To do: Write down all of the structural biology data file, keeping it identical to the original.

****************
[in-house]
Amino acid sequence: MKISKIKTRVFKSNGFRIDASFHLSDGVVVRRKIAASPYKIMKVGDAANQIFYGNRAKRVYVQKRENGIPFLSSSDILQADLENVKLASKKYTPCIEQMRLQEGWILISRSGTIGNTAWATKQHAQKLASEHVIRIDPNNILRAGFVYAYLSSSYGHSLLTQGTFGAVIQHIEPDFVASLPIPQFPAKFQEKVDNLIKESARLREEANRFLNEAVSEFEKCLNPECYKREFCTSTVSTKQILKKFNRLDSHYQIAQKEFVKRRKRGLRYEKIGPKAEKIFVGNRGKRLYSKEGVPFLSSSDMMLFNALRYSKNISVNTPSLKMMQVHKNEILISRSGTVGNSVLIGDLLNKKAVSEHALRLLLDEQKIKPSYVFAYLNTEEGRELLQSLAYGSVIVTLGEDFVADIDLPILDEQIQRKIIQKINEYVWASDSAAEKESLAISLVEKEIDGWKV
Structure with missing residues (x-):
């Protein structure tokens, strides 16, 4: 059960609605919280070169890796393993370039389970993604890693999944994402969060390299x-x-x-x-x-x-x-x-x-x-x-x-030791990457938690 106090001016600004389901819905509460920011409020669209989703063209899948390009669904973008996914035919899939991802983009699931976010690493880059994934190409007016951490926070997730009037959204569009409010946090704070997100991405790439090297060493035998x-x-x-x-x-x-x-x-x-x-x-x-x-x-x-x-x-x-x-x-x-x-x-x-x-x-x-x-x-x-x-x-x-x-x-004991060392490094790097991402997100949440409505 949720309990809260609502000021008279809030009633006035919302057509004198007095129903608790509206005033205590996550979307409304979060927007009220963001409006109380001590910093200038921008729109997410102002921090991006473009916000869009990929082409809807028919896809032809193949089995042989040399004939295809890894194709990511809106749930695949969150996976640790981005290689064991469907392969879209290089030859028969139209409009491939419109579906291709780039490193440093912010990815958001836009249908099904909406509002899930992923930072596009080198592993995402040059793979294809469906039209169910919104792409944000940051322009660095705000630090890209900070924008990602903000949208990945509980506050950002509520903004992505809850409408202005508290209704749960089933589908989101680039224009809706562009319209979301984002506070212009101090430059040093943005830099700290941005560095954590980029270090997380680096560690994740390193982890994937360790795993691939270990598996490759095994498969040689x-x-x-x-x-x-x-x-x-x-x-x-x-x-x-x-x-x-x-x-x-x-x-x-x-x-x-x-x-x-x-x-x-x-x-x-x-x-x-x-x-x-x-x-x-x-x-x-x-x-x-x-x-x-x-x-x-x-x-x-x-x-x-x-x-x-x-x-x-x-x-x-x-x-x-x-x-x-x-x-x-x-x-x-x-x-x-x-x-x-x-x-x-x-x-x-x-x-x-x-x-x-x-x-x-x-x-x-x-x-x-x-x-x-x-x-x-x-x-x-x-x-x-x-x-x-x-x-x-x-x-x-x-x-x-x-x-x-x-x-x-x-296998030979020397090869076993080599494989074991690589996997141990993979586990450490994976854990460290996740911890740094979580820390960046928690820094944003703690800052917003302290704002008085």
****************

[in-house]
Amino acid sequence: MKISKIKTRVFKSNGFRIDASFHLSDGVVVRRKIAASPYKIMKVGDAANQIFYGNRAKRVYVQKRENGIPFLSSSDILQADLENVKLASKKYTPCIEQMRLQEGWILISRSGTIGNTAWATKQHAQKLASEHVIRIDPNNILRAGFVYAYLSSSYGHSLLTQGTFGAVIQHIEPDFVASLPIPQFPAKFQEKVDNLIKESARLREEANRFLNEAVSEFEKCLNPECYKREFCTSTVSTKQILKKFNRLDSHYQIAQKEFVKRRKRGLRYEKIGPKAEKIFVGNRGKRLYSKEGVPFLSSSDMMLFNALRYSKNISVNTPSLKMMQVHKNEILISRSGTVGNSVLIGDLLNKKAVSEHALRLLLDEQKIKPSYVFAYLNTEEGRELLQSLAYGSVIVTLGEDFVADIDLPILDEQIQRKIIQKINEYVWASDSAAEKESLAISLVEKEIDGWKV
Structure with missing residues (x-):
């Protein structure tokens, strides 16, 4: 059960609605919280070169890796393993370039389970993604890693999944994402969060390299x-x-x-x-x-x-x-x-x-x-x-x-030791990457938690 106090001016600004389901819905509460920011409020669209989703063209899948390009669904973008996914035919899939991802983009699931976010690493880059994934190409007016951490926070997730009037959204569009409010946090704070997100991405790439090297060493035998x-x-x-x-x-x-x-x-x-x-x-x-x-x-x-x-x-x-x-x-x-x-x-x-x-x-x-x-x-x-x-x-x-x-x-004991060392490094790097991402997100949440409505 949720309990809260609502000021008279809030009633006035919302057509004198007095129903608790509206005033205590996550979307409304979060927007009220963001409006109380001590910093200038921008729109997410102002921090991006473009916000869009990929082409809807028919896809032809193949089995042989040399004939295809890894194709990511809106749930695949969150996976640790981005290689064991469907392969879209290089030859028969139209409009491939419109579906291709780039490193440093912010990815958001836009249908099904909406509002899930992923930072596009080198592993995402040059793979294809469906039209169910919104792409944000940051322009660095705000630090890209900070924008990602903000949208990945509980506050950002509520903004992505809850409408202005508290209704749960089933589908989101680039224009809706562009319209979301984002506070212009101090430059040093943005830099700290941005560095954590980029270090997380680096560690994740390193982890994937360790795993691939270990598996490759095994498969040689x-x-x-x-x-x-x-x-x-x-x-x-x-x-x-x-x-x-x-x-x-x-x-x-x-x-x-x-x-x-x-x-x-x-x-x-x-x-x-x-x-x-x-x-x-x-x-x-x-x-x-x-x-x-x-x-x-x-x-x-x-x-x-x-x-x-x-x-x-x-x-x-x-x-x-x-x-x-x-x-x-x-x-x-x-x-x-x-x-x-x-x-x-x-x-x-x-x-x-x-x-x-x-x-x-x-x-x-x-x-x-x-x-x-x-x-x-x-x-x-x-x-x-x-x-x-x-x-x-x-x-x-x-x-x-x-x-x-x-x-x-x-296998030979020397090869076993080599494989074991690589996997141990993979586990450490994976854990460290996740911890740094979580820390960046928690820094944003703690800052917003302290704002008085």